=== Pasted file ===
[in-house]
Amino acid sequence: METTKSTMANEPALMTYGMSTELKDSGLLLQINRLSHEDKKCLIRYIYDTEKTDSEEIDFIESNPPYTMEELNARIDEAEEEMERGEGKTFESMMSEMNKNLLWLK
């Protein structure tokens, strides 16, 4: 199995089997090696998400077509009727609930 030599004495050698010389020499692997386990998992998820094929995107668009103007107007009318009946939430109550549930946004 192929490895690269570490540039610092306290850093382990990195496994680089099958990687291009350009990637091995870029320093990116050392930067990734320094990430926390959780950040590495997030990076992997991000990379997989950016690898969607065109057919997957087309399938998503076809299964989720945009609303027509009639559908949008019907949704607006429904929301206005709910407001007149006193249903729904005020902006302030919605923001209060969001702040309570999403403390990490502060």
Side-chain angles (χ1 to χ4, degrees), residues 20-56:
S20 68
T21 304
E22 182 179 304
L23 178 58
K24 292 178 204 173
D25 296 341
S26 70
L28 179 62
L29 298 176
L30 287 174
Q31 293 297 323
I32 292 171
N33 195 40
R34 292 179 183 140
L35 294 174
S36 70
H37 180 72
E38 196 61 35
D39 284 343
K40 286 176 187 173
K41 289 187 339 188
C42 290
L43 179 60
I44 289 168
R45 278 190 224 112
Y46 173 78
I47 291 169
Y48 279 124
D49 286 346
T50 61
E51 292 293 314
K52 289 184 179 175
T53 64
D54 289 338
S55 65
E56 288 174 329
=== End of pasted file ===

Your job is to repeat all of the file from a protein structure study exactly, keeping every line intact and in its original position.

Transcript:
[in-house]
Amino acid sequence: METTKSTMANEPALMTYGMSTELKDSGLLLQINRLSHEDKKCLIRYIYDTEKTDSEEIDFIESNPPYTMEELNARIDEAEEEMERGEGKTFESMMSEMNKNLLWLK
């Protein structure tokens, strides 16, 4: 199995089997090696998400077509009727609930 030599004495050698010389020499692997386990998992998820094929995107668009103007107007009318009946939430109550549930946004 192929490895690269570490540039610092306290850093382990990195496994680089099958990687291009350009990637091995870029320093990116050392930067990734320094990430926390959780950040590495997030990076992997991000990379997989950016690898969607065109057919997957087309399938998503076809299964989720945009609303027509009639559908949008019907949704607006429904929301206005709910407001007149006193249903729904005020902006302030919605923001209060969001702040309570999403403390990490502060």
Side-chain angles (χ1 to χ4, degrees), residues 20-56:
S20 68
T21 304
E22 182 179 304
L23 178 58
K24 292 178 204 173
D25 296 341
S26 70
L28 179 62
L29 298 176
L30 287 174
Q31 293 297 323
I32 292 171
N33 195 40
R34 292 179 183 140
L35 294 174
S36 70
H37 180 72
E38 196 61 35
D39 284 343
K40 286 176 187 173
K41 289 187 339 188
C42 290
L43 179 60
I44 289 168
R45 278 190 224 112
Y46 173 78
I47 291 169
Y48 279 124
D49 286 346
T50 61
E51 292 293 314
K52 289 184 179 175
T53 64
D54 289 338
S55 65
E56 288 174 329